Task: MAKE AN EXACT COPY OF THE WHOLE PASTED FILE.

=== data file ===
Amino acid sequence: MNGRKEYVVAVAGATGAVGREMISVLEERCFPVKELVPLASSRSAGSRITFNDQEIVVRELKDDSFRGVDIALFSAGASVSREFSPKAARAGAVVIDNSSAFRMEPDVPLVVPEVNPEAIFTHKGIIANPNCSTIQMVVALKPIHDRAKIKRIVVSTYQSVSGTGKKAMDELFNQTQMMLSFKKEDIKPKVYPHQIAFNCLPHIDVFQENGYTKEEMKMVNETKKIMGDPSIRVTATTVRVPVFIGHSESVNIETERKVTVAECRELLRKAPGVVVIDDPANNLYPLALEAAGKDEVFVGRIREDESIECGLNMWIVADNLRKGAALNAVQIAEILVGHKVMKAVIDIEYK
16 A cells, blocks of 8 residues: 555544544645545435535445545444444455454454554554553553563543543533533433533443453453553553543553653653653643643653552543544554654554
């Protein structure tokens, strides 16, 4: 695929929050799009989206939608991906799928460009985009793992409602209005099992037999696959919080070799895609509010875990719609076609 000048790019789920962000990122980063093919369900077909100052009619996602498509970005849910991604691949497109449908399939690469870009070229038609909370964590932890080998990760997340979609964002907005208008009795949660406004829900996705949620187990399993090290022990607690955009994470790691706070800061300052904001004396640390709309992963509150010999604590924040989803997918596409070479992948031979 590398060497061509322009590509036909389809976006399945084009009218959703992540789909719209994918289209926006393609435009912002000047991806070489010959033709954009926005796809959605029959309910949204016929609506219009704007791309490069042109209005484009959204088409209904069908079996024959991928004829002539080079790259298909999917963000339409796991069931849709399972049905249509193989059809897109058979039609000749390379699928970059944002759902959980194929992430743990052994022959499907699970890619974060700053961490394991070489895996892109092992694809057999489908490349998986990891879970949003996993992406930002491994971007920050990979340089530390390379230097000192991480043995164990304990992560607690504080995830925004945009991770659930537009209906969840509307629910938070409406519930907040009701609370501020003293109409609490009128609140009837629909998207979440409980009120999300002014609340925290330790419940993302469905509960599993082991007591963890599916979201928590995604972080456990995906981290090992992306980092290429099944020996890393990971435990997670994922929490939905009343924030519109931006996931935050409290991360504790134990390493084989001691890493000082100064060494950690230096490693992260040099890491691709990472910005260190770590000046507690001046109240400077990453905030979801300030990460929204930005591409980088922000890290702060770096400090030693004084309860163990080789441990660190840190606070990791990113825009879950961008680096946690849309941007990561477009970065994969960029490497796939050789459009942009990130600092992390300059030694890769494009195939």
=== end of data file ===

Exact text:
Amino acid sequence: MNGRKEYVVAVAGATGAVGREMISVLEERCFPVKELVPLASSRSAGSRITFNDQEIVVRELKDDSFRGVDIALFSAGASVSREFSPKAARAGAVVIDNSSAFRMEPDVPLVVPEVNPEAIFTHKGIIANPNCSTIQMVVALKPIHDRAKIKRIVVSTYQSVSGTGKKAMDELFNQTQMMLSFKKEDIKPKVYPHQIAFNCLPHIDVFQENGYTKEEMKMVNETKKIMGDPSIRVTATTVRVPVFIGHSESVNIETERKVTVAECRELLRKAPGVVVIDDPANNLYPLALEAAGKDEVFVGRIREDESIECGLNMWIVADNLRKGAALNAVQIAEILVGHKVMKAVIDIEYK
16 A cells, blocks of 8 residues: 555544544645545435535445545444444455454454554554553553563543543533533433533443453453553553543553653653653643643653552543544554654554
């Protein structure tokens, strides 16, 4: 695929929050799009989206939608991906799928460009985009793992409602209005099992037999696959919080070799895609509010875990719609076609 000048790019789920962000990122980063093919369900077909100052009619996602498509970005849910991604691949497109449908399939690469870009070229038609909370964590932890080998990760997340979609964002907005208008009795949660406004829900996705949620187990399993090290022990607690955009994470790691706070800061300052904001004396640390709309992963509150010999604590924040989803997918596409070479992948031979 590398060497061509322009590509036909389809976006399945084009009218959703992540789909719209994918289209926006393609435009912002000047991806070489010959033709954009926005796809959605029959309910949204016929609506219009704007791309490069042109209005484009959204088409209904069908079996024959991928004829002539080079790259298909999917963000339409796991069931849709399972049905249509193989059809897109058979039609000749390379699928970059944002759902959980194929992430743990052994022959499907699970890619974060700053961490394991070489895996892109092992694809057999489908490349998986990891879970949003996993992406930002491994971007920050990979340089530390390379230097000192991480043995164990304990992560607690504080995830925004945009991770659930537009209906969840509307629910938070409406519930907040009701609370501020003293109409609490009128609140009837629909998207979440409980009120999300002014609340925290330790419940993302469905509960599993082991007591963890599916979201928590995604972080456990995906981290090992992306980092290429099944020996890393990971435990997670994922929490939905009343924030519109931006996931935050409290991360504790134990390493084989001691890493000082100064060494950690230096490693992260040099890491691709990472910005260190770590000046507690001046109240400077990453905030979801300030990460929204930005591409980088922000890290702060770096400090030693004084309860163990080789441990660190840190606070990791990113825009879950961008680096946690849309941007990561477009970065994969960029490497796939050789459009942009990130600092992390300059030694890769494009195939």